Progress: Case May Impact Robb’s Election

Charlottesville’s hotshot investigative reporter Reed Williams has a lengthy story in today’s Progress about lying ex-deputy Stephen Shiflett, including interviews with candidates for Albemarle Sheriff, ex-sheriffs, and anonymous sources close to the case. Sheriff Edgar Robb acknowledges that his actions and those of also-Republican Commonwealth’s Attorney Jim Camblos look suspicious, but insists that the two are not in cahoots. One of Robb’s opponents in the November election questions Robb’s judgement in hiring the “cop with an attitude”, which Robb has defended by saying that Shiflett was not only quite punctual, but had never actually been convicted of a crime. (It was a civil suit that Shiflett lost while a Louisa deputy, not a criminal case.) Concludes retired county detective and former deputy Donald Byers, “it’s kind of hard for me to understand that there’s not enough evidence for him to be charged.” Be sure to read the whole story for all of the details.

8 thoughts on “Progress: Case May Impact Robb’s Election”

  1. I’m impressed. I’ve quite underestimated the tenacity of the Progress. It’s long been the realm of C-Ville and The Hook to engage in this type of reporting. The recent follow-up article surprised me, but this one simply floored me.

  2. How long will the Albemarle Police Dept. be permitted to get away with dismissing press inquiries with a "no comment"? It seems to me that, either somebody shot a law enforcement officer and there ought to be an ongoing heavy-duty investigation until they come up with a shooter, or a law enforcement officer made a false report and there ought to be an ongoing heavy-duty investigation until they come up with evidence to press charges. Either way, it’s a serious crime. It looks to me like the police have put this one to bed, though.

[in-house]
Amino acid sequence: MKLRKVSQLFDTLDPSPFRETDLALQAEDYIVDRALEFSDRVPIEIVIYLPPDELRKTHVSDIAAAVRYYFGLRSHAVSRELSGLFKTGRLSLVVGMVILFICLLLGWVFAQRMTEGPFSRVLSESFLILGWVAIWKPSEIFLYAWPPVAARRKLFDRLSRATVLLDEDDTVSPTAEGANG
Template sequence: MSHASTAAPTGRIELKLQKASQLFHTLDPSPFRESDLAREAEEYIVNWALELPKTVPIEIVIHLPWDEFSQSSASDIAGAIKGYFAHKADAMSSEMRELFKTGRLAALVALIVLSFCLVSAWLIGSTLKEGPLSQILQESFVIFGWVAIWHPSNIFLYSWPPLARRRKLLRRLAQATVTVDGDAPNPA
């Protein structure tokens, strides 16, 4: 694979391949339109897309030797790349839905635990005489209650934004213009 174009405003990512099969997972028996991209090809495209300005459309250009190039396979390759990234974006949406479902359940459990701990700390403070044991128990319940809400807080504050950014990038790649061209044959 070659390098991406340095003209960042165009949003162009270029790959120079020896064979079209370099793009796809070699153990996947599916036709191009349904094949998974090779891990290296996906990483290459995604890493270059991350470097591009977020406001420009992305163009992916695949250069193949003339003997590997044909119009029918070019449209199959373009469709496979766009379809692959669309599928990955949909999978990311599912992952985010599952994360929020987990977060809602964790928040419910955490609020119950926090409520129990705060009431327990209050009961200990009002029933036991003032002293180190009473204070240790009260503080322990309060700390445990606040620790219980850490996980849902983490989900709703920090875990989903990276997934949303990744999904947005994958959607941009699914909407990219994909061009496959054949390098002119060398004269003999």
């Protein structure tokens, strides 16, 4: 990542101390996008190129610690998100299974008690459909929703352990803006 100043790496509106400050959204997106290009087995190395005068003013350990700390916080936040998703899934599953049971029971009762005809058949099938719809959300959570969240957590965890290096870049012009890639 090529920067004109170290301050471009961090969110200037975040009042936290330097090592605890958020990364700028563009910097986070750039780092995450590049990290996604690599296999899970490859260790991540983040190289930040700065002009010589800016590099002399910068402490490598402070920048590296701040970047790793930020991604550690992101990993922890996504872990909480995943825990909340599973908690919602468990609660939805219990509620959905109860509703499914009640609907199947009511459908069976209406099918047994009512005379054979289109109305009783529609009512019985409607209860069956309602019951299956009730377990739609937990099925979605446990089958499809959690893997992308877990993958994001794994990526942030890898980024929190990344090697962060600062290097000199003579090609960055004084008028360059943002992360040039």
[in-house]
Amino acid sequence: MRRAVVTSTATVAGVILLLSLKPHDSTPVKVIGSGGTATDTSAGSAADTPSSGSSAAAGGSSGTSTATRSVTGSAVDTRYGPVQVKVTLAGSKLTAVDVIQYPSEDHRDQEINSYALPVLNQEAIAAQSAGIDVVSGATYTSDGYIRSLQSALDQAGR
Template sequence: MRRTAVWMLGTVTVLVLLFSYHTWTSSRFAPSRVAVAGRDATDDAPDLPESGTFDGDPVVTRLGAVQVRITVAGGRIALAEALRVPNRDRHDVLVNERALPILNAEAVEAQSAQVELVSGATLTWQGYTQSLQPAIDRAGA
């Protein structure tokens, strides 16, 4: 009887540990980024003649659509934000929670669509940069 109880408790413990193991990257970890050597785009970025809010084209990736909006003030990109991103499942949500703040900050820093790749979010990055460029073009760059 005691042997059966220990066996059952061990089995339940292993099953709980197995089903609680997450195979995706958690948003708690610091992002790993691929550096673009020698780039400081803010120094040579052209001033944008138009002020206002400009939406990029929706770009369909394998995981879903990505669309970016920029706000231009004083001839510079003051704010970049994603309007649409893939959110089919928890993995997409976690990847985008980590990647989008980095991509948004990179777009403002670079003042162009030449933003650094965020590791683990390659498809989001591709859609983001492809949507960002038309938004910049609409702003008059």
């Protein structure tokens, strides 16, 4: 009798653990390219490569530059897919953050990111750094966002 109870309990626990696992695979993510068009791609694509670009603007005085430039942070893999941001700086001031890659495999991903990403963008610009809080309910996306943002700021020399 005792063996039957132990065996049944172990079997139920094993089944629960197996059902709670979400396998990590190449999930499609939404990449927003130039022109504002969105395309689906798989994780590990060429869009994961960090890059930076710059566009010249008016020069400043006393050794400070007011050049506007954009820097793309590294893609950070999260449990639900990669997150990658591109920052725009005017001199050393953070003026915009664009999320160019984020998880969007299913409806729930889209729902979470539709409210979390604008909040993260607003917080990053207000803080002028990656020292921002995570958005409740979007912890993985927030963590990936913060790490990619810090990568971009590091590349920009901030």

If, as we are led to believe, Deputy Shiflett, wasn’t telling the truth, Edgar Robb has a lot to answer for. This guy didn’t come to Albemarle with a clean employment history. It would appear that the sheriff isn’t much of a judge of character.

    Kudos to Reed Williams for staying on this story.

  3. I think the indignation here is righteous, but somewhat misplaced. While Robb’s hiring judgment was poor, isn’t it the Commonwealth’s Attorney’s charging decision that’s the main issue here – or rather, the Commonwealth’s Attorney’s non-charging decision? Why not more furor over Jim Camblos’ conduct (or lack thereof)?

  4. "Why not more furor over Jim Camblos’ conduct (or lack thereof)?"

    I agree!!!!!! Definitely something slightly shady going on there….

  5. I couldn’t agree more with regard to Camblos. I haven’t brought it up thus far, because I haven’t taken the time to develop a coherent thesis for why Camblos’ (in)actions trouble me, but I did make a point of including Robb’s defensive statement regarding him and Camblos working together to cover something up. I want to know who accused them of doing so in the first place, because I don’t recall anybody making any such accusations.

    Methinks they doth protest too much.